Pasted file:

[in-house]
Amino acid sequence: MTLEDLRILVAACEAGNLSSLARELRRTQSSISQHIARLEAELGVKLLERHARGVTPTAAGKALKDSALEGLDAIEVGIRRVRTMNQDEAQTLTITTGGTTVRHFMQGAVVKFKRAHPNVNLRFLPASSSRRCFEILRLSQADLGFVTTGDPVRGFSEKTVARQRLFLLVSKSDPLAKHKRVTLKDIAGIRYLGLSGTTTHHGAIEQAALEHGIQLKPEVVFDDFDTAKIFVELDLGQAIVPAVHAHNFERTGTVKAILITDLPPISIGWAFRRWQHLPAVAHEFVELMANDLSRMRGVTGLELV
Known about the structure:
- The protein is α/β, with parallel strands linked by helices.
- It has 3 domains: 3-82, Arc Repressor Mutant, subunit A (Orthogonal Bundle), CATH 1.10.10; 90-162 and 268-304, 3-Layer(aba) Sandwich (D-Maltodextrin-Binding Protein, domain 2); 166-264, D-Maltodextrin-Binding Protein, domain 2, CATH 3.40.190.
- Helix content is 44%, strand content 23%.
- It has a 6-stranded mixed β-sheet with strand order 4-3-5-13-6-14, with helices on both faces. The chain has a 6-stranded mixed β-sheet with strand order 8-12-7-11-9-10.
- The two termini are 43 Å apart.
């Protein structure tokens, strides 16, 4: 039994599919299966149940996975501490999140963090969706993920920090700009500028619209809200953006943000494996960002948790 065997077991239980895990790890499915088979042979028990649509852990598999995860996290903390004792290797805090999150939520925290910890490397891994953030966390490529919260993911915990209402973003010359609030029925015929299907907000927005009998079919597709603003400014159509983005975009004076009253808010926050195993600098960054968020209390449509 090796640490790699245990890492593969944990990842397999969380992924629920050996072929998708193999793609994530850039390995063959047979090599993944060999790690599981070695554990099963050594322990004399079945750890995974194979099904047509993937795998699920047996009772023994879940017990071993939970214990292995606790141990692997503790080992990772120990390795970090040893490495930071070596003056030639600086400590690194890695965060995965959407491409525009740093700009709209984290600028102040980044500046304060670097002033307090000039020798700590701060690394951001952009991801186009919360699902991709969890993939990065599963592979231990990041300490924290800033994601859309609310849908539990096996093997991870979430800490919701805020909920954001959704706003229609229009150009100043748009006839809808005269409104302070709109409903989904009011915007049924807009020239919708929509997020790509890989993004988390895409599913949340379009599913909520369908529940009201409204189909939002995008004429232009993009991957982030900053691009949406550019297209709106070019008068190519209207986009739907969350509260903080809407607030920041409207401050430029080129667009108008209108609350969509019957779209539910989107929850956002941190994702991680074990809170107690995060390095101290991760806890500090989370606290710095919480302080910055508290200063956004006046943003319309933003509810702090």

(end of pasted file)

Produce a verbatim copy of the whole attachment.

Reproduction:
[in-house]
Amino acid sequence: MTLEDLRILVAACEAGNLSSLARELRRTQSSISQHIARLEAELGVKLLERHARGVTPTAAGKALKDSALEGLDAIEVGIRRVRTMNQDEAQTLTITTGGTTVRHFMQGAVVKFKRAHPNVNLRFLPASSSRRCFEILRLSQADLGFVTTGDPVRGFSEKTVARQRLFLLVSKSDPLAKHKRVTLKDIAGIRYLGLSGTTTHHGAIEQAALEHGIQLKPEVVFDDFDTAKIFVELDLGQAIVPAVHAHNFERTGTVKAILITDLPPISIGWAFRRWQHLPAVAHEFVELMANDLSRMRGVTGLELV
Known about the structure:
- The protein is α/β, with parallel strands linked by helices.
- It has 3 domains: 3-82, Arc Repressor Mutant, subunit A (Orthogonal Bundle), CATH 1.10.10; 90-162 and 268-304, 3-Layer(aba) Sandwich (D-Maltodextrin-Binding Protein, domain 2); 166-264, D-Maltodextrin-Binding Protein, domain 2, CATH 3.40.190.
- Helix content is 44%, strand content 23%.
- It has a 6-stranded mixed β-sheet with strand order 4-3-5-13-6-14, with helices on both faces. The chain has a 6-stranded mixed β-sheet with strand order 8-12-7-11-9-10.
- The two termini are 43 Å apart.
């Protein structure tokens, strides 16, 4: 039994599919299966149940996975501490999140963090969706993920920090700009500028619209809200953006943000494996960002948790 065997077991239980895990790890499915088979042979028990649509852990598999995860996290903390004792290797805090999150939520925290910890490397891994953030966390490529919260993911915990209402973003010359609030029925015929299907907000927005009998079919597709603003400014159509983005975009004076009253808010926050195993600098960054968020209390449509 090796640490790699245990890492593969944990990842397999969380992924629920050996072929998708193999793609994530850039390995063959047979090599993944060999790690599981070695554990099963050594322990004399079945750890995974194979099904047509993937795998699920047996009772023994879940017990071993939970214990292995606790141990692997503790080992990772120990390795970090040893490495930071070596003056030639600086400590690194890695965060995965959407491409525009740093700009709209984290600028102040980044500046304060670097002033307090000039020798700590701060690394951001952009991801186009919360699902991709969890993939990065599963592979231990990041300490924290800033994601859309609310849908539990096996093997991870979430800490919701805020909920954001959704706003229609229009150009100043748009006839809808005269409104302070709109409903989904009011915007049924807009020239919708929509997020790509890989993004988390895409599913949340379009599913909520369908529940009201409204189909939002995008004429232009993009991957982030900053691009949406550019297209709106070019008068190519209207986009739907969350509260903080809407607030920041409207401050430029080129667009108008209108609350969509019957779209539910989107929850956002941190994702991680074990809170107690995060390095101290991760806890500090989370606290710095919480302080910055508290200063956004006046943003319309933003509810702090």